The Niger Delta of Nigeria rich in oil and gas resources has been plagued with series of armed conflicts characterised by massive youth restiveness. The peaceful coexistence of people in the region is often affected by the nature of oil and gas business determined by the political economy of the Nigerian state. By the statute of the Federal system of Government in Nigeria, all resources within the territorial boundary of the country belong to the Federal Government. The Government then pays a certain 13% derivation fund to the resource bearing states for development. The Federal Government equally sees to the development of the region through its statutory Agencies such as the Niger Delta Development Commission. All these efforts are yet to bring about infrastructural development and human capacity needs of the region. A consequence of this is the armed militancy and cult related violence that has engulfed the region. In this paper, an attempt is made to analyse the socioeconomic requisitions of a reintegration programme for ex-offenders seeking re-entry into mainstream society. An interventionist approach is recommended with effective monitoring and evaluation system for a socioeconomic reintegration of ex-offenders in the Niger Delta region of Nigeria.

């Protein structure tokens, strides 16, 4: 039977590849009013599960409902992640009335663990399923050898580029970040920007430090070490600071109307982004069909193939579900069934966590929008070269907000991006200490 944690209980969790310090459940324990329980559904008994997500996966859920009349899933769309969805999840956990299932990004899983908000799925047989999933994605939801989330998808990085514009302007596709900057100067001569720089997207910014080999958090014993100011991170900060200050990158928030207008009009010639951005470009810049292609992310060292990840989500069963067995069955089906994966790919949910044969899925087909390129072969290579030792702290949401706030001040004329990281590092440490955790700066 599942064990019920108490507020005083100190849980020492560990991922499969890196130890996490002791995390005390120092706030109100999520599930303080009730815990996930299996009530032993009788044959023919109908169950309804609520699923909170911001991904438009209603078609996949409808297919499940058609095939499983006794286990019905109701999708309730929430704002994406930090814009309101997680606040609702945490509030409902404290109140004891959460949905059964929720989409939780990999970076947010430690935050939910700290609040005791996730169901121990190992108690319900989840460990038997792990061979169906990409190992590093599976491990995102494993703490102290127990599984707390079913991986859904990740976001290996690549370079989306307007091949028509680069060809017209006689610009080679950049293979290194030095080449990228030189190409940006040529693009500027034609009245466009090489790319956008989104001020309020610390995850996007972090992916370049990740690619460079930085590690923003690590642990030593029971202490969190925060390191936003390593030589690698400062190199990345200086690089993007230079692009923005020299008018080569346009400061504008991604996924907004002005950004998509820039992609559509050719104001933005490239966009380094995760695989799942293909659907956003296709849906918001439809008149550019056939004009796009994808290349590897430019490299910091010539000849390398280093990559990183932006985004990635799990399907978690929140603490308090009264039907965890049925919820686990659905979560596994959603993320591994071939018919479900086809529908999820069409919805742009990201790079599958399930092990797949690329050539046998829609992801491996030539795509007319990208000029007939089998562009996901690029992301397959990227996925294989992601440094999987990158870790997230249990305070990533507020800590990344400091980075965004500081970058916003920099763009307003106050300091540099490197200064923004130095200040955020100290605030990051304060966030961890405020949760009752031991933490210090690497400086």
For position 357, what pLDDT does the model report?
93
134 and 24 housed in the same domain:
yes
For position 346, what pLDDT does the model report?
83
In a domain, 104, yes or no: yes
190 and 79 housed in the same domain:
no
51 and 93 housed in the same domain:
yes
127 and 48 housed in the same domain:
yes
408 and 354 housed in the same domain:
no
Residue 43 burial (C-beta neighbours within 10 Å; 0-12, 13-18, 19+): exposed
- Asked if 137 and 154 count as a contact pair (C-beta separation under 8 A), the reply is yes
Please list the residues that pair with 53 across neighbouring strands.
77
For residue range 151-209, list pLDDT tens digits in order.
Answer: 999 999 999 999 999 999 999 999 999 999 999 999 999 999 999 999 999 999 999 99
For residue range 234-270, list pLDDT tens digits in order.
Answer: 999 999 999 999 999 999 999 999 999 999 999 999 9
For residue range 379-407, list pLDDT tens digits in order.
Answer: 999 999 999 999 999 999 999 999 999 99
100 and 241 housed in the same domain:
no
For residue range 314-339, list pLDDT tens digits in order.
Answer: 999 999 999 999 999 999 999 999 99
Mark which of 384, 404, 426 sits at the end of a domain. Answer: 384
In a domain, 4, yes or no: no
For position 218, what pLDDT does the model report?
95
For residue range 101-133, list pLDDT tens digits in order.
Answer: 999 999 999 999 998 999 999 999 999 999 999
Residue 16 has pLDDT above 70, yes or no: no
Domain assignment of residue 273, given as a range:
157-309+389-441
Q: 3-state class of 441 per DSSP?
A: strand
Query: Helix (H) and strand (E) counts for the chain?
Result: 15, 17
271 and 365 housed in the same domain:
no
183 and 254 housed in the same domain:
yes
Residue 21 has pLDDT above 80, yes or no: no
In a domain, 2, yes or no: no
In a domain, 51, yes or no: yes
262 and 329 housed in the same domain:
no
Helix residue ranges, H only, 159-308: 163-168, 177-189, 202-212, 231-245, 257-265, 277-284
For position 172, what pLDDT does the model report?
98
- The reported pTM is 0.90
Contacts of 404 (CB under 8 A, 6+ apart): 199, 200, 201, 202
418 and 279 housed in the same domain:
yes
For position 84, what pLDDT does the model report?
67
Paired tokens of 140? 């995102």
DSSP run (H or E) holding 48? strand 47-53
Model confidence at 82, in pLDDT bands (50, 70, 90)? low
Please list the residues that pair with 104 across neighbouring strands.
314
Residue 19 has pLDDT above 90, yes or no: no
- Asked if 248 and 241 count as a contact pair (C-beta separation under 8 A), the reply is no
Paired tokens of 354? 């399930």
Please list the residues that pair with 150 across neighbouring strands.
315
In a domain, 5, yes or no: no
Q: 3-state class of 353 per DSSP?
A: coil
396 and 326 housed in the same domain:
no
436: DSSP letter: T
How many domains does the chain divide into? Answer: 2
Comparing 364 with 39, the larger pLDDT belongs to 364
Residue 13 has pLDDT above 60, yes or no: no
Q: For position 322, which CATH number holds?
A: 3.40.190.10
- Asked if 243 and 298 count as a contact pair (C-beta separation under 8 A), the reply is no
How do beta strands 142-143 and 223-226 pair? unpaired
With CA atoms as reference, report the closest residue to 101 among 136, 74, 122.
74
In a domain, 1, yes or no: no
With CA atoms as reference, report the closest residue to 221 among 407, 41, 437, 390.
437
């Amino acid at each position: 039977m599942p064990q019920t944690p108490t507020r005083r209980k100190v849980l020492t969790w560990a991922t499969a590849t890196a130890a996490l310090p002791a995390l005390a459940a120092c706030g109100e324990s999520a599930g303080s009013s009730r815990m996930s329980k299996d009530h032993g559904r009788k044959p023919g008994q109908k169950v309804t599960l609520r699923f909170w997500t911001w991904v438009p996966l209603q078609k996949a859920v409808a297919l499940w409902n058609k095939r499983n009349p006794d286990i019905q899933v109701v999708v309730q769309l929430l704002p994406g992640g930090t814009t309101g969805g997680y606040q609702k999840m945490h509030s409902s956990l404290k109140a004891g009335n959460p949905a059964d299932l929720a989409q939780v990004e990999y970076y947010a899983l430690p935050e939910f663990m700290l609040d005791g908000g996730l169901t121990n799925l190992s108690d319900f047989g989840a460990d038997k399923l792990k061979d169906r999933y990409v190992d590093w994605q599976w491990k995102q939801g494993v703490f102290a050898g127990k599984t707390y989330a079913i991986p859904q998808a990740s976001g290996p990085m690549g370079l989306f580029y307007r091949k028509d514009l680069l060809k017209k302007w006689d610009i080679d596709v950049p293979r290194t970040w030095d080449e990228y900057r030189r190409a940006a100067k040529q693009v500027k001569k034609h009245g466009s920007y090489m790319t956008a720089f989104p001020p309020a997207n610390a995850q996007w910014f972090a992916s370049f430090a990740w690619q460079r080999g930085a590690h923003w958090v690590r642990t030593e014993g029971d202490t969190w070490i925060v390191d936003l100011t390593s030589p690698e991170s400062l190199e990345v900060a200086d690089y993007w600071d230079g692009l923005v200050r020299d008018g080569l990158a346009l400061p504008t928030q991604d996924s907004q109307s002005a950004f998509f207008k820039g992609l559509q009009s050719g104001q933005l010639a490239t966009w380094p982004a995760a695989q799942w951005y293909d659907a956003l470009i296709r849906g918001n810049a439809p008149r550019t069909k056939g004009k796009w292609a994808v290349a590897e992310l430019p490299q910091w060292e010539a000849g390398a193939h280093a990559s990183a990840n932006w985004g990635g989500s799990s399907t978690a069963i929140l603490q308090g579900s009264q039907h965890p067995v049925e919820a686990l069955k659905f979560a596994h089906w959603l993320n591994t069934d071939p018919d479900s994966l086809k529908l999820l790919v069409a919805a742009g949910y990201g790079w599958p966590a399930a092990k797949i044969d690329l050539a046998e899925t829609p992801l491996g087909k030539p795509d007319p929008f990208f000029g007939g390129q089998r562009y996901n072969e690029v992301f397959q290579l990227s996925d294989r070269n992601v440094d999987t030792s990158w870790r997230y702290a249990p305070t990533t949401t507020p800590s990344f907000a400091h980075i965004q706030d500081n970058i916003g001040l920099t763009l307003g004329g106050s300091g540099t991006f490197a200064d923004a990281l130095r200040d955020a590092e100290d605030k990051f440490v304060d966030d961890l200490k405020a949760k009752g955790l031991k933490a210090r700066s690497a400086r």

Mathew O. Olasupo, Erhabor S. Idemudia, Ganiyat S. Arowosegbe and Damilare A. Fagbenro
The study investigated the predictive role of pay satisfaction and organisational politics on quality of work life. Herzberg’s Two-Factor Theory was used as a theoretical framework in this study. Cross sectional survey research design was adopted. Data were collected from 429 respondents consisting of (Females = 231(53.8%), Males = 198(46.2%) (Mean age = 39.14, S.D = 12.07) via a simple random and convenience sampling techniques. Work-Related Quality of life scale (WRQLS), Pay Satisfaction Questionnaire (PSQ) and Perceived Organisational Politics Scale (POPS) were used as instrument for data collection. Data collected were analysed using Pearson moment correlation (PPMC) and Multiple Regression analysis. There was significant positive relationship between pay satisfaction and quality of work life. Positive relationship was found between organisational politics and the quality of work life. Finally, pay satisfaction and organisational politics jointly predict quality of work life. These findings have implications for putting up psychological interventions aim at improving the quality of work life of government employees.